Firm Partner Kathleen Flynn Peterson reached a $4 million medical malpractice settlement in a case involving a negligent failure to properly treat status epilepticus following an angiogram procedure resulting in permanent cognitive impairment. Read the following Minnesota Association for Justice (MAJ) Minnesota Case Report, Volume 29, Number 2, October 2010:
This medical malpractice case involved the issues of proper treatment of non-convulsive status epilepticus ("NCSE") and whether NCSE can lead to permanent cognitive impairment. Plaintiff developed seizures following an angiogram procedure which included the use of contrast dye. She was admitted as an in-patient during which time serial EEGs confirmed the presence of seizure activity. A neurologist was consulted, and although utilizing two different types of anticonvulsant medications, the seizure activity was never stopped. Ultimately, plaintiff was transferred to the Mayo Clinic where NCSE was confirmed and seizures were stopped. Plaintiff has continued to exhibit cognitive impairment which prevents her from returning to her professional work as a physician.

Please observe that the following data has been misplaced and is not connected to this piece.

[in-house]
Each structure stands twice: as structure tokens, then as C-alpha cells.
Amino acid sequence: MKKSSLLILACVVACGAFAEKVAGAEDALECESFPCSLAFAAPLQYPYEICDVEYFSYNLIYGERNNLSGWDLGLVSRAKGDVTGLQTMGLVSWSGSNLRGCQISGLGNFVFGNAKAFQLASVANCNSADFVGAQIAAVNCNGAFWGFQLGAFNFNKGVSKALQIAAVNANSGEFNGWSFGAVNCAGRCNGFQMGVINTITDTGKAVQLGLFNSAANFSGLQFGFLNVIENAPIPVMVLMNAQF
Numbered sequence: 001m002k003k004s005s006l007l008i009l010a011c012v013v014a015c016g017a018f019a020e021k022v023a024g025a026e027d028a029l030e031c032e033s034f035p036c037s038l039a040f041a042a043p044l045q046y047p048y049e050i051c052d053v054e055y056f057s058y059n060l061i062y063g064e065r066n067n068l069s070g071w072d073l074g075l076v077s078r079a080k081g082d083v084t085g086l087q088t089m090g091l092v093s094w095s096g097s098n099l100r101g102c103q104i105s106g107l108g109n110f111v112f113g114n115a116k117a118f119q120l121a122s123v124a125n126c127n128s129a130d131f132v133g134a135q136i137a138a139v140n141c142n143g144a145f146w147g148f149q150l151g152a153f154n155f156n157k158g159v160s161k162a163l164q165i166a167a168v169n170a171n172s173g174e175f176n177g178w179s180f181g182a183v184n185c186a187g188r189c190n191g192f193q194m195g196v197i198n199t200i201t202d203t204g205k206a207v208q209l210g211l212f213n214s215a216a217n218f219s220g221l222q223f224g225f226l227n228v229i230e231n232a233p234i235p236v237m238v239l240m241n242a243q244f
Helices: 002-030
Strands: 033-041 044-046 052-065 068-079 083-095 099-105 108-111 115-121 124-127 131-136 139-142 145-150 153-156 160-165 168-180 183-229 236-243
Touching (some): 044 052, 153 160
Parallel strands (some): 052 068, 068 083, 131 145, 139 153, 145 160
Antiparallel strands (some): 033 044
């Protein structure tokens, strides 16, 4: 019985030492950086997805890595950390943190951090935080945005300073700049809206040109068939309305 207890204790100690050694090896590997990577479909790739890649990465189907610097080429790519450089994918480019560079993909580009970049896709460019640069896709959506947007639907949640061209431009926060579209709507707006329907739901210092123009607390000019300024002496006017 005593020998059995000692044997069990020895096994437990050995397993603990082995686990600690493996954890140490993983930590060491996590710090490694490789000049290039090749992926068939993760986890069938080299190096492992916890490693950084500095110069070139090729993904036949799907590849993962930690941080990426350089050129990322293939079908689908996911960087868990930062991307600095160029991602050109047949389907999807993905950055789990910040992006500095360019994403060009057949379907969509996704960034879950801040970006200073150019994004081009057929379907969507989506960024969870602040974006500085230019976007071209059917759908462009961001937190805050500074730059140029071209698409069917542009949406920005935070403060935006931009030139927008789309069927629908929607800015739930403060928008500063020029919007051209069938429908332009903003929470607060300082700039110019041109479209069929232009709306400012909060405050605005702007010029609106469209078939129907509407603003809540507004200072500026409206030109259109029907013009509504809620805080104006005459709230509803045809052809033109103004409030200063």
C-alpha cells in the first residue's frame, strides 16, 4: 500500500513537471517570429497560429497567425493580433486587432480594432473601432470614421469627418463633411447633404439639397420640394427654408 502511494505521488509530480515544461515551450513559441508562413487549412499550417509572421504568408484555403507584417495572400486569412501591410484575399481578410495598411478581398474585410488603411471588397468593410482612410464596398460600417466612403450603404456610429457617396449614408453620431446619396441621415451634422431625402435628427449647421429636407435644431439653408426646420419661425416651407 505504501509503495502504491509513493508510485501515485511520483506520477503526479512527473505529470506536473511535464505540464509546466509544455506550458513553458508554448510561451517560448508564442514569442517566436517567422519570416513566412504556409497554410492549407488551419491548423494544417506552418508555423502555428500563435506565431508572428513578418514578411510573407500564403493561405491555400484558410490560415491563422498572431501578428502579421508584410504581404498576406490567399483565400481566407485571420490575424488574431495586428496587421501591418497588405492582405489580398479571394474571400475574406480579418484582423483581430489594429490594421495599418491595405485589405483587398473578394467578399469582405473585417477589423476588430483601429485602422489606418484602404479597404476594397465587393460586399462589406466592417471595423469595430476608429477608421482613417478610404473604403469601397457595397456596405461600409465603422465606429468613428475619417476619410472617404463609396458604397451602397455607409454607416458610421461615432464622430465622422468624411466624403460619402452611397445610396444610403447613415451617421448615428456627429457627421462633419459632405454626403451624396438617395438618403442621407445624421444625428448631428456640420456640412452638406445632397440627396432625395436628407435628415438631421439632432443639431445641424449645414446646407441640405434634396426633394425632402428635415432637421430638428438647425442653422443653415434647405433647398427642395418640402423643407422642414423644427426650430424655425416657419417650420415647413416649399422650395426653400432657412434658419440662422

Defendant's position was that the treatment for the seizures was consistent with accepted standards of medical practice and the treating physician in prescribing medication and treatment was balancing the risks associated with the medications against the risks of seizures. Further, defendants contend that NCSE does not lead to permanent cognitive impairment and plaintiff's condition was more likely due to a reaction to the contrast dye, or another neurological condition